Full Text for The Una Sancta in Luther's Theology (Text)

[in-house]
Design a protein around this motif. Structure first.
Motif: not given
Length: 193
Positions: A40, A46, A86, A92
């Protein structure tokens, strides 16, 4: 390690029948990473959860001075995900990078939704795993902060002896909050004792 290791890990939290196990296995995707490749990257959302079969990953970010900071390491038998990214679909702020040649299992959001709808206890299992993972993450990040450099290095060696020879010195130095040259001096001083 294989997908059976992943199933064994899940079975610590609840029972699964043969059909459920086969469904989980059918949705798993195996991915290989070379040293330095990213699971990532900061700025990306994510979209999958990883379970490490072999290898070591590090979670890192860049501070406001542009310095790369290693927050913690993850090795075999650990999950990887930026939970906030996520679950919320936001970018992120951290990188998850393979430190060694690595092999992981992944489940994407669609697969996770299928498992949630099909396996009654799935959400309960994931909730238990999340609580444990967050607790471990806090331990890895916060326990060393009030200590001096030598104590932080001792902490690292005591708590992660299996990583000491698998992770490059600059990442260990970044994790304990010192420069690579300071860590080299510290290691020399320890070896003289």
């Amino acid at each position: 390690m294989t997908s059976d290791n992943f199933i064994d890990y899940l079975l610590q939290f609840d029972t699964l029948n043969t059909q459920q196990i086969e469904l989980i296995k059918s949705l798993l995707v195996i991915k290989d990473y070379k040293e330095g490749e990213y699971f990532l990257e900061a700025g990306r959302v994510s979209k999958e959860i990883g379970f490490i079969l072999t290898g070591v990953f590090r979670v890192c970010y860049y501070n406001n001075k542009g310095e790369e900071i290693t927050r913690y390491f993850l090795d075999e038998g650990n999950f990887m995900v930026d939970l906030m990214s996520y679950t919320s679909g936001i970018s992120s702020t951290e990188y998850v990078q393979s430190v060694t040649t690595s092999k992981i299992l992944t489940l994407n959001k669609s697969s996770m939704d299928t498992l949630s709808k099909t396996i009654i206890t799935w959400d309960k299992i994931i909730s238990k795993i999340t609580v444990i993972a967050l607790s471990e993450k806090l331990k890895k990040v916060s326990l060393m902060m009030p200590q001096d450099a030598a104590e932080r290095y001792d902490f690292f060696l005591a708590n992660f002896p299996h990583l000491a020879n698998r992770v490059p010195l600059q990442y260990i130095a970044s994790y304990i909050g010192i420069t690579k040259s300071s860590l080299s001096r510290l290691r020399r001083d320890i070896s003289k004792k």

I I i I I. (!!nurnr~ta mlttnlngtrttl 6tnt~l!J Continuing LEHRE UND WEHRE MAGAZIN FUER EV.·Lu TH. H OMILETIK THEOLOGICAL QUARTERLY. THEOLOGICAL MONTHLY Vol.xvm November, 1947 No. It CONTENTS Pale The Una Sancta in Luther's Theology, F. E. Ma)er_ 801 Memorandum Concerning the Church Situation ill Germany. Martin Klunke _. __ __ _ _ _ 815 The Consensus of Sandomierz. A Chaptel' from the Polish Reformation . J aroslav P Ukan. J r . .. __ ___ _ ._________ . _. _____ . 825 Contributors to This Issue _ _ . _ .. 838 Outlines on the Nassau Pericopes _ ... _._____ _ ___ _. _ 839 Miscellanea _ ___ .. _____ .. _ _______ 853 Theological Observer ___ . ____ .. _. ________ . 859 Book Review .__ .... _ .. _ _ ._._ .. _____ _ _ 872 Eln Prediger muss nlcht allein wet- den. also cL~ss er die Schafe unter- weise, wle sie rechte Christen sollen sein, sondern auch daneben den Woel- fen wehTen. dass sle die Schafe nicht angy-eiten und mit falscher Lehre ver- fuehren und Irrtum elnfuehren. Luther Es 1st keln Ding, das die Leute mehr bel der Klrche behaeIt denn die gute Predigt. - Apologie. Arl.24 If the trumpet give an uncertain sound. who shall prepare himself to the battle? - 1 COT. 14:8 Published by the Ev. Luth. Synod of Missou ri, Ohio, and Other States CONCORDIA PUBUSIDNG BOUSE, St Louis 18, Mo. pUIf'DD IN lJ. S ••• Concordia Theological Monthly Vol. XVIII NOVEMBER. 1947 No. 11 The Una Sancta in Luther's Theology* By F. E. MAYER Luther's concept of the Una Sancta was first and last so- teriological; not sociological, not statistical, not organizational, not eschatological. Luther's emphasis on soteriology in his definition of the Church can be understood only in the light of his theological principle. Scholastic theology had not satisfied him. Its Aristotelian method had failed to bring assurance of peace to his heart, and its autosoteric principles had been un- able to quiet his conscience. The Apostle's message: "The sinner is justified by faith alone," changed Luther's theology both as to method and to content. His theology became en- tirely Christocentric; in the Preface to his Commentary on Galatians he says: "Only one article rules in my heart, namely, faith in Christ. From this article all my theological thoughts by day and night proceed, and to this one article they again return." Luther's greatness as a theologian consisted in this, that he never veered from the material principle of his theology, justification by faith in Christ's vicarious work. For him the Scriptures from Genesis to Revelation concerned themselves with only one great truth, man's redemption through Jesus Christ. The entire Scriptures were for him only the manger bed where Christ, the world's Savior, is cradled, and in his opinion he was the best theologian who was able to find Christ everywhere in the Scriptures. Christ's vicarious atonement appropriated by the sinner through faith is the leitmotif of his theological symphony. * Reprinted from Christendom with permission. 5! 802 THE UNA SANCTA IN LUTHER'S THEOLOGY Luther could therefore never treat theology as a series of independent and isolated dogmatic statements, each fitting nicely into a specific compartment. He never discussed a theological point in vacuo. His theology is truly a corpus doctrinae, in which each doctrine stands in intimate relation to every other doctrine and all doctrines retain their proper relation to the material principle of his theology, the sinner's salvation through faith in Christ's vicarious work. Wilhelm Walther says that one will find in Luther's theology only large quarry stones, and that he who seeks in his writings cut stones and architectural embellishments will be sorely disappointed. Luther is too great for such piecemeal theology.1 It is there- fore impossible to understand his concept of the Una Sancta independent of his central doctrine. I "A child of seven years knows what the Holy Christian Church is, namely, the holy believers and lambs who hear the voice of their Shepherd"; this is Luther's definition of the Una Sancta.2 According to his belief the Una Sancta is never anything but the congregation of believers, or saints. It is always the sum total of all who through Word and Sacrament have come to faith in Christ as their Savior. The principle of the Reformation: Faith embraces the grace of God in Christ promised and given to man in the Gospel- this determines Luther's definition of the Una Sancta, and conversely his definition of the Church is in reality a compend and epitome of his entire theology. II Luther had little interest in an empirical Church as such- be it visible Christendom, a national Church, a denomination, or a federation of churches. In his opinion there was only one Church in the Scriptural and proper meaning, the Una Sancta. As far as is knoVlm, he never distinguishes between a visible and an invisible Church as we are wont to do. Because the various meanings of the word "church" have caused confusion in the Church 3 Luther avoided the term "Kirche" in his New Testament translation lest his readers would associate the new Testament ecdesia with a visible organization. Not once did he translate ecclesia with "Kirche," but always with "Gemeinde," assembly, congregation. In the Large Catechism THE UNA SANCTA IN LUTHER'S THEOLOGY 803 he says that "the word Kirche is really nothing but a common assembly, and is not a German but a Greek idiom, kyria. Therefore in genuine German it ought to be called a Christian congregation or assembly (Gemeinde) , or best of all a holy Christendom." According to Luther there is only one true Church, the invisible Una Sancta, and the empirical Church, "the church in an improper sense," may be called a church only by synecdoche; that is, it is a Church only because of the true believers to whom the hypocrites and unbelievers are joined in outward association. The unbelievers who out- wardly belong to an ecclesiastical organization were considered by Luther members of the Church as little as the mud on the wheels belongs to the essence of a wagon. To mingle believers and unbelievers in the Una Sancta was for Luther a mingling of Law and Gospel. According to his theology the believers and unbelievers are in two separate realms: the godly under the Gospel with its promises of God's grace, the unbelievers under the Law with its demands, threats, and punishment. The unbelievers can be dealt with only through coercive measures, moral persuasion, or social pressure, or even physical force. The Church, however, is the invisible company of all who live under the Gospel of God's grace, freed from the demands, threats, and coercion of the Law. The idea of a theocracy, in which the physical and the spiritual, the Law and the Gospel, a visible society and the invisible Una Sancta are mingled, is foreign to Luther's theology. In accord with Luther's theolog- ical principle, faith in Christ is the only criterion of member- ship in the true Church, and faith is in its very nature invisible, for it embraces spiritual and heavenly blessings, forgiveness of sin, conquest over death, peace with God. Therefore the Church is invisible even as the Rock, Christ, on which it is built is believed and not seen. In his treatise against Emser of Leipzig, Luther says that when we confess, "I believe the Holy Christian Church," we declare that the Church is in- visible. What we believe we cannot see and perceive with the senses. Since faith in Christ alone makes us members of the Church, and since faith is invisible, therefore the Church in its proper sense must be invisible. It has been said that Luther's Una Sancta is no more than a metaphysical abstraction, a Platonic idea, a noumenal con- cept, or just a nice theological term, having no practical value; 804 THE UNA SANCTA IN LUTHER'S THEOLOGY and that an effective program for church activity can be realized only in the visible Church. But Luther could not share the view that in visible Christendom, with its denomina- tional divisions, the seamless robe of the Una Sancta has been shredded into so many rags and tatters that it is beyond recov- ery, that the majestic term Una Sancta denotes a mere abstrac- tion and vague hypothesis, and that there is apparently nothing in our church-life experience to correspond to the ideal of the Una Sancta. 4 Even in America, Luther would maintain that his Una Sancta was a reality and not an idea which is re- quired to be supplemented by a Platonic phenomenon whereby the idea of the Una Sancta would become perceptible, such as a congrgation, presbytery, synod, consistory. The Una Sancta was not a vague hypothesis for Luther. He was convinced that while invisible, the Una Sancta had unmistakable marks of its reality. He held that wherever the Gospel is preached and the Sacraments are administered, the Holy Spirit is build- ing the Una Sancta by engendering faith in the hearts of men through the means of grace.5 III In controversies the pendulum easily swings from one ex- treme to another. Luther's early conflict with Rome revolved very largely about Rome's claim that the visible Church is the highest religious authority. Between 1517 and 1521 this conflict brought into sharp relief the antipodal positions of Rome on the one extreme and of Luther on the other. Here a visible Una Sancta Ecclesia, extra quam salus non est; there the invisible congregation of believers and saints. Here the visible hierarchy; there the spiritual priesthood of believers. Is Luther's conflict with an external and hierarchical church responsible for his swinging toward a diametrically opposite view? Is Grisar perhaps right in his claim that Luther's view of the church grew in part out of resentment against the official Church which had refused to sanction his new doctrine and in part out of a desire to justify his defection from the Church? The fact is that Luther's spiritual concept of the Una Sancta was a fait accompli long before the indulgence controversy of 1517. Karl Hall has shown from Luther's Commentary on the Psalms (1513-1515) that as early as 1513 the material prin- ciple of Luther's theology, justification by faith - sola fide- was quite clearly fixed in his mind. As soon as sola fide - the THE UNA SANCTA IN LUTHER'S THEOLOGY 805 just shall live by faith - had become a living reality for Luther, his approach to theology as a whole and to the various doctrines in particular changed completely. He now viewed ecclesiology from the standpoint of sola fide and could not conceive of the Church otherwise than a congregation of be- lievers, communio fidelium. 6 We shall therefore be compelled to reverse Grisar's verdict to read: Luther's controversy with Rome grew out of his new concept of the Church. According to Luther, sola fide is unthinkable without sola gratia. Faith and grace were for him always correlative terms. After 1513 Luther no longer viewed gratia as a virtue in man, but as God's unmerited favor toward the undeserving sinner, in short, as a promise. But a promise can be received sola fide. Therefore both gratia and fides exclude all human merit and extol the gracious activity of God as the only source of man's salvation. Luther had tried the various human ways to God, but in vain. Neither asceticism nor mysticism led his search- ing soul to God. But Luther's search ended when he expe- rienced the God-toward-man activity. God's gracious action, so Luther held since 1513, had without any merit or co-opera- tion on his part redeemed, called, converted, justified, and sanctified him, had translated him from the realm of sin into the company of saints. And this gracious activity Luther found expressed in the New Testament Reign of God (basileia tau theou). This explains the fact that basileia and ecclesia are like the convex and the concave in this theological circle. When Luther thought of the Una Sancta, his attention was focused first on God's gracious activity, and he placed the basileia into the forefront of his ecclesiology. For according to Luther basileia is a verbal noun denoting a royal activity rather than a royal realm.7 His opponents defined the basileia as a visible kingdom comprising both good and evil.s Luther, however, maintained over and over, e. g., in a Christmas ser- mon on Isaiah 7, that basileia is not a visible realm, is not con- stituted of men at all, but denotes God's gracious rulership, the Savior's redemptive work, and the Spirit's reign in the hearts of men. Luther's basileia is vertical rather than hori- zontal, a God-toward-man activity. This is the dominant thought of his entire theology as is brought out in the ex- planation of the Second Article of the Creed in his Small Catechism. 806 THE UNA SANCTA IN LUTHER'S THEOLOGY I believe that Jesus Christ, true God, begotten of the Father from eternity, and also true man, born of the Virgin Mary, is my Lord, who has redeemed me, a lost and condemned creature, pur- chased and won me from all sins, from death, and from the power of the devil, not with gold or silver, but with His holy, precious blood and with His innocent suffering and death, in order that I may be His own, and live under Him in His kingdom, and serve Him in everlasting righteousness, innocence, and blessedness, even as He is risen from the dead, lives and reigns to all eternity. This is most certainly true.9 In a sermon for the Fifteenth Sunday after Trinity, Luther says that in His death upon the cross Christ established the charter of God's kingdom, a most glorious charter, because it guarantees man a threefold freedom - freedom from the guilt of sin, from the terror of death, and the power of Satan. TIllS threefold liberty was a living reality for Luther. In his experience sin and the resultant wrath of God were more than theological phrases. He did not view sin as a tension between man's better and worse self, but as human rebellion against God; yes, as an attempted deicide. Sin, in his view, was not a wrong against the sinner himself, nor against his fellow man, but always and finally against God. Therefore the greatness of sin, says Luther, can be measured by one yardstick only, namely, the infinitude of God's holy majesty. The wrath of God over sin was for him a stark reality.lO Therefore freedom" from the accusing conscience and the assurance of God's grace and favor were for him in truth the world's greatest charter .. And God's basileia is in Luther's opinion that gracious activity which makes this charter a living and vital reality in the hearts of the believers. It was his endeavor to inculcate this concept of the Kingdom of God in the hearts of young and old. Hence the following question and answer in his Large Catechism: \Vhat is the Kingdom of God? Nothing else than what we· learned in the Creed, that God sent His Son Jesus Christ, our Lord, into the world to redeem and deliver us from the power of the devil, and to bring us to Himself, and to govern us as a King of righteousness, life, and salvation against sin, death, and an evil conscience, for which end He has also bestowed His Holy Ghost, who is to bring these things home to us by His Holy Word, and to illumine and strengthen us in the faith by His power. Luther's theology is throughout soteriological, and there- fore also his ecclesiology has its starting point, center, and final end in God's gracious activity, in short, it is the theology of THE UNA SANCTA IN LUTHER'S THEOLOGY 807 basileia tou theou. According to his view, the Kingdom of God is not eschatological, for the gracious activity of God bestows upon all members of the Una Sancta the heavenly treasures even here and now. Nor is the Kingdom sociological, a Ritschlian "moral union of men," for it is the bestowal of such blessings as establish a right relation between man and God. Christ has become his King so that he "might live under Him in His kingdom, and serve Him in everlasting righteous- ness." That is the compend of Luther's theology and his ecclesiology. And there is the dynamics of his theology. IV According to Luther, basileia and ecdesia are correlative terms, since both focus our attention upon spiritual gifts: the former, however, upon God as the Giver, and the latter upon the believers as the recipients. The Una Sancta Ecclesia is therefore the group which has been made holy through God's gracious activity. In Luther's opinion the phrase communio sanctorum is merely a paraphrase of Una Sancta, and he would protest strenuously against placing a semicolon between the phrases "a Holy Christian Church" and "the communion of saints," as though the ancient Church had two distinct ideas in mind. In support of his position he held, in the first place, that sanctorum is not neuter, but masculine gender,ll and in the second place, that communio is not an abstract noun, de- noting sharing, but a concrete noun and is best translated as- sembly, congregation. _ In the Large Catechism he states: "To speak correctly, we ought to say in the Third Article: 'I believe that the Holy Christian Church is a congregation made up purely of saints'''; again, "I believe there is upon earth a little group and congregation of pure saints under one Head, even Christ, called together by the Holy Ghost in one faith, one mind, and understanding, with manifold gifts, yet agreeing in love, without sects or schisms. I am also a part and member of the same, a sharer and joint owner of all the goods it possesses, brought to it and incorporated in it by the Holy Ghost by having heard and continuing to hear the Word of God." 12 But could Luther really believe that the Una Sancta is a congregation of pure saints? Was this probably an ideal for which men should strive? Could a modern preacher as he 808 THE UNA SANCTA IN LUTHER'S THEOLOGY surveys his own personal life and the lives of his parishioners actually confess with them the Creed according to Luther's interpretation: "I believe a holy Christendom, a congrega- tion of pure saints"? Luther could unequivocally make this confession because the material principle of his theology, justi- fication by faith, was not a metaphysical abstraction, but a living reality. He believed that sinners are adjudged righteous before God because of Christ's righteousness and are there- fore saints, all human experience to the contrary notwith- standing. Luther's concept of the congregation of saints is only another revelation of the heart of his theology. He be- lieved that he was totally devoid of anything that would make him holy, yes, that he deserved only God's displeasure. But he believed with all his heart that Christ having assumed his nature, not only paid the full penalty of his sin and guilt, but also rendered perfect obedience to the divine Law. Whenever Luther feared the just punishment for his sin, he would seek refuge in the passive obedience of Christ, and say: "We are freely justified for Christ's sake through faith when we be- lieve that we are received into favor and that our sins are forgiven for Christ's sake, who by His death has made satis- faction for our sins." 13 And whenever Luther's conscience' convicted him that he had failed to procure the spotless holi- ness which God requires, he would - to use his language- deck himself in the foreign plumage of Christ's active obe- dience. In a sermon on the Gospel for 8t. Thomas Day he says: What are the strange works which avail before God? They are the works of our Lord Jesus Christ whom God has sent from heaven to propitiate through His suffering and death. He also has fulfilled the Law in our stead by loving God with His whole heart and us as Himself. Therefore, if the Law condemns you, then point to Jesus and say: "There is the Man who has fulfilled it for me and gives me His perfect obedience to the Law as my own.'" This will silence the accusations of the Law. Thus we are justified through a foreign righteousness. Luther's definition of the Una Sancta as the congregation of pure saints is only the logical application of his central theological principle. Believing that faith always appro- priates the entire Christ, Luther held that the sum total of believers constitutes a congregation of perfect saints. In his commentary on Psalm 45: 11 he says: THE UNA SANCTA IN LUTHER'S THEOLOGY 809 As a beautiful queen is clothed in costly gowns, so the Church is decked in Christ's righteousness from head to foot. Therefore God cannot see any wrinkle in her, because He sees nothing but His Son with whom she is clothed and who has given her the gar- ment of holiness, life, and glory. If there is still sin in the Church, only the devil sees it, and only we feel it in our conscience, but God does not see it, for as Christ is without spot or blemish, so is the Church perfect in God's sight for Christ's sake, without spot or blemish. The paradox peccator et sirnul justus is solved in the light of faith which accepts Christ's entire righteousness, for as Luther says in his comment on Galatians 5: 19, God has hidden the Church under the wickedness, sins, failings, and errors of men lest we mistakenly seek the Una Sancta in a visible and empirical body of man-made saints. God, however, sees the faith and therefore in his sight the Una Sancta is truly nothing but a congregation of pure saints. Two charges are preferred against Luther's theology: the one, that sola fide leads to a life of sin, and the other, that sola gratia leads to quietism. The charge is allegedly sustained by the observation that Luther's adherents have consistently failed to make a vital contribution to society as a whole, and have de- liberately by-passed all social problems. Luther would prob- ably offer in rebuttal the following two arguments: (1) When he speaks of the holiness of the Church, he stresses not only Christ's righteousness, aliena justitia, but also the Christian's own incipient holiness, justitia propria. While he constantly preaches that we are justified by faith alone, he stresses as earnestly that faith is never alone, or as he put it epigram- matically: Sola fides justificat, sed fides non est sola. In his Preface to Romans he says: Oh, it is a living, busy, active, powerful thing that we have in faith, so that it is impossible for it not to do good without ceasing. Nor does it ask whether good works are to be done; but before the question is asked, it has wrought them and is always engaged in doing them. All the victories which the Christians win over their sins and all the good works which Christians perform are the trophies of their Redeemer and King. (2) The Holy Christian Church through the consecrated life of its members permeates every social institution. A study of Luther's Exposition of the Decalog clearly reveals that in his view every social institu- 810 THE UNA SANCTA IN LUTHER'S THEOLOGY tion, the home, the state, labor, management, is affected by the Una Sancta. What no organized visible Church can accomplish, that is effected by the holiness of the Una Sancta, which as a leaven permeates the entire social structure.14 V Luther's concept of the Una Sancta left no room for an institutionalized, organizational, and statistically empirical church. His Church in its proper Scriptural sense was truly ecumenical, without racial, cultural, social, or even denomina- tional lines of demarcation. He saw the Una Sancta as the body of Christ, united in one faith, one Baptism, one hope, without any schisms or sects. Even in the treatise against Hans Worst, his sharpest treatise against Rome's claim that it represents the only true Church, Luther maintains the true ecumenicity of the Una Sancta. He refused to pit an or- ganized Church, for example, a Lutheran, an Evangelical, a Protestant Church, against the visible organization of the Roman Church. The Roman apologists claimed that Luther was outside of the Church because he had refused to submit to the decrees of the Church Councils. But Luther countered that the true Church was above Popes and Councils and in- cluded all those who through faith are united with Christ. His bitter denunciations of the Roman Catholics' claim that they alone constituted the true Church are a matter of historic record. But it must also be borne in mind that Luther stated again and again that the Una Sancta includes all those within the visible Roman Catholic Church who through faith ac- cept Christ as their Savior. His ecumenical view of the Church prompted him to assert that wherever Baptism is ad- ministered and the Gospel is proclaimed, there in spite of human additions and corruptions the Una Sancta is truly present. VI But how could Luther be so truly ecumenical in theory and at the same time so highly separatistic in practice? In the Una Sancia he wishes to embrace all who believe, but in the visible union of Christians he refuses the hand of fellowship to such as are not in full doctrinal agreement with him. Is he paying lip service only to ecumenicity when in his letter to Count Lueneburg he stated that next to Christ he desired THE UNA SANCTA IN LUTHER'S THEOLOGY 811 nothing more than true unity between the Reformed and the Lutherans, and would gladly endure a bitter death to ac- complish such unity? The solution of the problem lies in Luther's attitude toward the Word of God. To him the Word was both the inviolable source of all doctrine and the only means of grace. Luther had sought Christian assurance in the traditions of the Church, in scholastic philosophy, and in German mys- ticism, but in vain. In his threefold Reformation principle, Sola Scriptura, Sola Gratia, Sola Fide, however, he found it. For to him the Scriptures were the complete and reliable revelation of God's gracious will to man, which man must accept in full faith. The absolute reliability of the Word in its promises of God's grace was therefore indispensable for his doctrine of justification by faith. The Word of God as contained in the canonical books of both Testaments was for Luther the only source and foundation for faith. And con- versely he held that only they who unconditionally accepted God's promises in the Scriptures were believers and members of the Una Sancta. The modern slogan "Deeds not creeds" was foreign to Luther's thinking. True, he esteemed Christian virtues very highly and did his utmost to inculcate them. In his controversy with the Antinomians, who had spoken disparagingly of good works, Luther stated that he would not sell one Pater Noster spoken in faith for all the riches of the world. Nevertheless he held that doctrine must come first, for to him the Bible was God's revelation of His grace in Christ. Only the person who through faith in Christ's redemptive work has first been jus- tified can perform God-pleasing works. This is what Luther meant when he said that God is not so much concerned about our deeds as about our creed. Filial submission to every word of God's revelation was the life stream in Luther's theology. He has been charged with lovelessness in dealing with those who differed with him in doctrinal matters. Lu- ther's answer runs something like this: "We must differen- tiate sharply between the nature of love and faith. It is love's nature to bear and to forgive. Love can do so even at the risk of being deceived, because it will not thereby lose Christ." Luther did possess a large measure of love and was truly tolerant. But, he said, faith's nature is to endure nothing, to 812 THE UNA SANCTA IN LUTHER'S THEOLOGY yield to no one, for if we yield in matters of our salvation, we lose Christ. His comments on Galatians 5: 9, "Cursed is the love whereby the doctrine of our faith is endangered," may seem harsh to modern ears, but they were in accord with his principle of Sola Scriptura. It was not contentiousness but loyalty to his principle which prompted his action toward Zwingli at Marburg in 1529 concerning the Real Presence. In his opinion doctrine is like an unbroken and unbreakable golden ring or like a strand of pearls strung on the golden thread of Christ's vicarious work as the God-man. According to Luther's view Zwingli attacked not only the Sola Scriptura principle when he employed the rationalistic principle Finitum non est capax infiniti, but also the gratia sola and the fide sola. Luther argued that if Christ is incapable of being present in the Lord's Supper according to His human nature, then the union of the two natures in Christ, the so-called personal union, was likewise untenable. Then by inevitable logic not the God-man died for man, but only a human nature, and the death of Christ as a mere man was according to Luther in- sufficient to deliver man from sin, death, and hell. Not only the Sola Scriptura principle, for which he contended against Rome, was at stake, but also the other two great Reformation principles, principles which were for him the very foundation of the Church. A consistent and determined effort to sabotage Sola Scrip- tura was in Luther's opinion tantamount to breaking the golden ring of Biblical theology. Toward such as erred in doc- trine from ignorance and without undermining the founda- tion, Luther was extremely tolerant. But his attitude toward those whose teachings destroyed anyone of the three Refor- mation principles was adamant. In his controversy with Rome Luther stressed the suffi- ciency and inerrancy of the Scriptures. In the clash with the "heavenly prophets," particularly with the Anabaptists, he emphasized that God deals with man only through His Word. He was firmly convinced that there is no immediate and direct way from God to man, but that God deals with man only through means, the means of grace. To understand Luther on this point it is necessary to keep in mind that he believed that by nature man is totally depraved, spiritually dead, and an enemy of God and therefore totally unable to have any THE UNA SANCTA IN LUTHER'S THEOLOGY 813 "spiritual movements." If man is to be converted, God must by His omnipotent grace kindle and nourish the spiritual life. But God performs this only through the Word. He held that as God's almighty Fiat created the world out of nothing and still sustains it, so also the Word of God in the Bible and the Sacraments is the power of God to change the hearts of men. He believed that through the Law the Holy Ghost works the terrors of conscience and through the gracious invitation of the Gospel the Holy Ghost engenders faith. And this effec- tive and efficacious Word of God, this transforming voice of the omnipotent and gracious God, Luther heard only in the revealed Word, whether it was read in the Bible, proclaimed in the sermon, pronounced in the words of absolution, or con- nected with the elements of the Sacraments. His Sola Scrip- tura principle did not permit him to divorce the Spirit's opera- tion from the Word, as though the Spirit worked immediately and even irresistibly. And his sola fide principle prevented him from attaching magical views to the Sacraments, as though by the mere act performed (ex opere operata) they conferred the grace of God. Luther's view on the means of grace is sum- marized in the Augsburg Confession as follows: "That we may obtain this faith, the ministry of teaching the Gospel and administering the Sacraments was instituted. For through the Word and Sacraments as through instruments the Holy Ghost is given, who works faith." 15 Luther believed that the Word was God's creative voice, even though only portions of this Word were read or pro- claimed, and for this reason he was certain that the Una Sancta was present if no more than the Gospel and Epistle lections were read and Baptism administered. Luther viewed the Word not quantitatively, but qualitatively, and for him the question was not how much of the Bible a Christian knew and accepted, but rather, how well a Christian believed in Christ on the basis of whatever quantum he knew. On the other hand, he held that purity of doctrine was necessary for out- ward unity and union. In his view truth and error cannot be granted equal rights in the Church, for only truth builds the Church, while error, being merely a human word, has no creative power, in fact, may actually impede the activity of God's truth. When hearing both, God's truth and man's error, the hearer may be tempted to accept the latter and thus 814 THE UNA SANCTA IN LUTHER'S THEOLOGY frustrate the life-creating activity of the Word of God. This is what Luther had in mind when he said that "in the con- gregation of saints the Word is rightly taught and the Sacra- ments are rightly administered." His implicit trust in the Word of God as the only means to engender and preserve faith prompted his uncompromising stand toward error. His con- cept of the Una Sancta as the company of all those who through the Word are united by faith with Christ and with one another demanded unswerving loyalty to the Sola Scriptura principle. The ecumenical movement hopes to rise above and even- tually to remove denominational and ideological differences and to present a united visible Church. But as Dr. Visser 't Hooft pointed out in a recent issue of Christendom, the Ecumenical Movement must be the expression of an already existing inner unity. The Lutheran concept of the Una Sancta is the dynamic for such inner unity, since it furnishes the means whereby men are incorporated into the body of Christ: the Word of God engendering faith to accept the grace of God in Christ Jesus. In the face of Roman institutionalism, en- thusiastic immediacy of the Spirit, and pure activism Luther's concept of the Church stressed Sola Scriptura, Sola Gratia, and Sola Fide. In the light of these three principles Luther understood the Savior's sacerdotal prayer for the unity of the Church: "I pray for them also which shall believe on Me through their word, that they all may be one." REFERENCES 1. W. Walther, Das Erbe der Reformation, Luthers Kirche, Leipzig, 1917, p.2. 2. Symbolical Books of the Lutheran Church, Concordia Triglotta, St. Louis, 1923, p. 499. 3. The Nature of the Church, a report of the American Theological Committee, Chicago, 1945, p. 7. 4. Willard L. Sperry, Religion in America, New York, 1946, p.10. 5. Symbolical Books, op. cit., p. 235. 6. Karl Holl, Gesammelte Aujsaetze, Tuebingen, 1932, I, pp.288-30l. 7. Thus also modern scholarship. Cf. Gerhard Kittel, Theologisches Woerterbuch zum Neuen Testament, Stuttgart, 1933, s. v. basileus. 8. Article VII of the Papal Confutation, a document submitted to Charles V as the official Catholic refutation of the Augsburg Con- fession. 9. Luther expresses the same thought in the Large Catechism: "I be- lieve that Jesus Christ, true Son of God, has become my Lord. But what is it to become Lord? It is this, that He has redeemed me from sin, from the devil, from death, and all evil. For before I had no Lord nor King, but was captive under the power .of the devil, con- demned to death, enmeshed in sin and blindness." THE CHURCH SITUATION IN GERMANY 815 10. Theodosius Harnack, Luthers Theologie, Muenchen, 1927, Vol. II, Ch.4. 11. G. J. Slosser, The Communion of Saints, Report No.2, New York, 1937, p.26. 12. Symbolical Books, op. cit., p. 691. 13. Augsburg Confession, Article IV. 14. W. Elert, Die lI'Iorphologie des Luthertums, Muenchen, 1932, Vol. II, passim; K. Holl, op. cit., Ch.3; A. Koeberle, "The Social Problem in the Light of the Augsburg Confession," in Lutheran Church Quar- terly, July 1945. 15. For a detailed discussion of Luther's doctrine on the meaps of grace see P. Tschackert, Entstehung der lutherischen und reformierten Kirchenlehre, Goettingen, 1910, pp.162-179; J. T. Mueller, Christian Dogmatics, St. Louis, 1934, pp. 441 ff. Nfemorandum Concerning the Church Situation in Germany By MARTIN KIUNKE Since the collapse of 1945 the church situation in Germany is horribly confused, for the political chaos seriously affected the church conditions. But even before the political collapse a number of trends developed in the Protestant churches which brought havoc to the churches. This disorder was accentuated by the political collapse to such a degree that conditions never were so confused in German church history as at present. Two years have passed since the political collapse; years of honest searching, tireless activity, and extreme suffering. What has been accomplished? The confusion has not been dissolved; on the contrary, the points of emphasis are begin- ning to stand in bold relief. The alembic is functioning. New concepts are in the process of formation. Naturally, these are intimately related to the old church forms, but at the same time they bear the stamp of the new day. One senses that the history of Christ's Church is progressing as though it were equipped with seven-league boots. Whither? To new heights? Hardly. For apparently the Church must go through new dark valleys which, though differing somewhat from the former depths, are no less dangerous. The Church is confronted with dangers such as the Church since the Reformation has not experienced. No matter what will happen to the Church in Germany, the fate of the German Church cannot be restricted to Ger-